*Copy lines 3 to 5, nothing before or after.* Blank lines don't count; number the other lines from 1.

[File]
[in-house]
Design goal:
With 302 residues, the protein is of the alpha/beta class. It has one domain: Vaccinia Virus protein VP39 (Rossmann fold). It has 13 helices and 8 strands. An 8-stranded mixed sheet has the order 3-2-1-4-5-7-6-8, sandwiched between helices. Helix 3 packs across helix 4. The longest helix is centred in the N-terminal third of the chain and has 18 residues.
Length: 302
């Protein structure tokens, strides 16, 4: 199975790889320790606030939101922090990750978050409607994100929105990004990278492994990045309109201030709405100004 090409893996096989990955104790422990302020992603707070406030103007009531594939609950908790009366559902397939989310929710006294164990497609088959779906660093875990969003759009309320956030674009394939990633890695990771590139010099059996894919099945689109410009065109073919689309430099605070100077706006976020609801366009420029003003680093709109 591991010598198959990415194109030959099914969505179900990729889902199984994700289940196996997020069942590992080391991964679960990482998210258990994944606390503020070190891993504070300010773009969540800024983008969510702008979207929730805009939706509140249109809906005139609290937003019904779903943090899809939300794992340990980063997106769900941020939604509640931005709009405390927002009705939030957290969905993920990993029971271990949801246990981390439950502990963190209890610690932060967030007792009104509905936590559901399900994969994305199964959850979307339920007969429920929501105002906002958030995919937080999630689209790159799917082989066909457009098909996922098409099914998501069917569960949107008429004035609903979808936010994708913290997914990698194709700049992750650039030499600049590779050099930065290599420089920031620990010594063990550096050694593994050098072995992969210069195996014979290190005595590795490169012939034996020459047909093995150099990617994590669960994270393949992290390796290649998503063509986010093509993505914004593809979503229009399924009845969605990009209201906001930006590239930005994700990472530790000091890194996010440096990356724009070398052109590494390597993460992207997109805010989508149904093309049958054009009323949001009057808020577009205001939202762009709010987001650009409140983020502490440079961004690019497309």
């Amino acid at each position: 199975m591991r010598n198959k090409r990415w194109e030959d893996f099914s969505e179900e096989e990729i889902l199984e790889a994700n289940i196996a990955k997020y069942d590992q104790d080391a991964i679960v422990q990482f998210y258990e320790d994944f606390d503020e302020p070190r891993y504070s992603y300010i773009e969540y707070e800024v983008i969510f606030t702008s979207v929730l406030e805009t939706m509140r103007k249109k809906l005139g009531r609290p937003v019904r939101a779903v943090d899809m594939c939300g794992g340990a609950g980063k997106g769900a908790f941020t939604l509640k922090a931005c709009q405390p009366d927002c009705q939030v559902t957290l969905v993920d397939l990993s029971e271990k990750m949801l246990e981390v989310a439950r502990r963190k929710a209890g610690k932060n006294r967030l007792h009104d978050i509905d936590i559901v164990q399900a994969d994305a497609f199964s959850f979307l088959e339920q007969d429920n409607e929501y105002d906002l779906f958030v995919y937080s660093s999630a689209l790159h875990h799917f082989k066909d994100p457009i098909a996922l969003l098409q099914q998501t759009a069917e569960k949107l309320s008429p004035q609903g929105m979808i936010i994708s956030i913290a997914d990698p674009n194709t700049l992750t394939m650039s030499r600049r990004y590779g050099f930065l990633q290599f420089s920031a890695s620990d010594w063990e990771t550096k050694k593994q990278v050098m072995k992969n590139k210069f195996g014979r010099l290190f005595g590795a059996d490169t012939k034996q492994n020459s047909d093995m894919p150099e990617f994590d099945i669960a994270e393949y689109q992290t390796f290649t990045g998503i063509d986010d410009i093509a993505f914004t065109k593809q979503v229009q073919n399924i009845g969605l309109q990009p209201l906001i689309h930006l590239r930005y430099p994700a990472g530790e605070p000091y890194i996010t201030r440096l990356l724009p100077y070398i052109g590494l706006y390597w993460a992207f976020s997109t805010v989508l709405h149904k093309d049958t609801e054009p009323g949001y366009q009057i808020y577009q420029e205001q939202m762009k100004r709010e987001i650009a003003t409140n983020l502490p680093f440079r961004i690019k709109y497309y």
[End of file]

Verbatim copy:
With 302 residues, the protein is of the alpha/beta class. It has one domain: Vaccinia Virus protein VP39 (Rossmann fold). It has 13 helices and 8 strands. An 8-stranded mixed sheet has the order 3-2-1-4-5-7-6-8, sandwiched between helices. Helix 3 packs across helix 4. The longest helix is centred in the N-terminal third of the chain and has 18 residues.
Length: 302
């Protein structure tokens, strides 16, 4: 199975790889320790606030939101922090990750978050409607994100929105990004990278492994990045309109201030709405100004 090409893996096989990955104790422990302020992603707070406030103007009531594939609950908790009366559902397939989310929710006294164990497609088959779906660093875990969003759009309320956030674009394939990633890695990771590139010099059996894919099945689109410009065109073919689309430099605070100077706006976020609801366009420029003003680093709109 591991010598198959990415194109030959099914969505179900990729889902199984994700289940196996997020069942590992080391991964679960990482998210258990994944606390503020070190891993504070300010773009969540800024983008969510702008979207929730805009939706509140249109809906005139609290937003019904779903943090899809939300794992340990980063997106769900941020939604509640931005709009405390927002009705939030957290969905993920990993029971271990949801246990981390439950502990963190209890610690932060967030007792009104509905936590559901399900994969994305199964959850979307339920007969429920929501105002906002958030995919937080999630689209790159799917082989066909457009098909996922098409099914998501069917569960949107008429004035609903979808936010994708913290997914990698194709700049992750650039030499600049590779050099930065290599420089920031620990010594063990550096050694593994050098072995992969210069195996014979290190005595590795490169012939034996020459047909093995150099990617994590669960994270393949992290390796290649998503063509986010093509993505914004593809979503229009399924009845969605990009209201906001930006590239930005994700990472530790000091890194996010440096990356724009070398052109590494390597993460992207997109805010989508149904093309049958054009009323949001009057808020577009205001939202762009709010987001650009409140983020502490440079961004690019497309």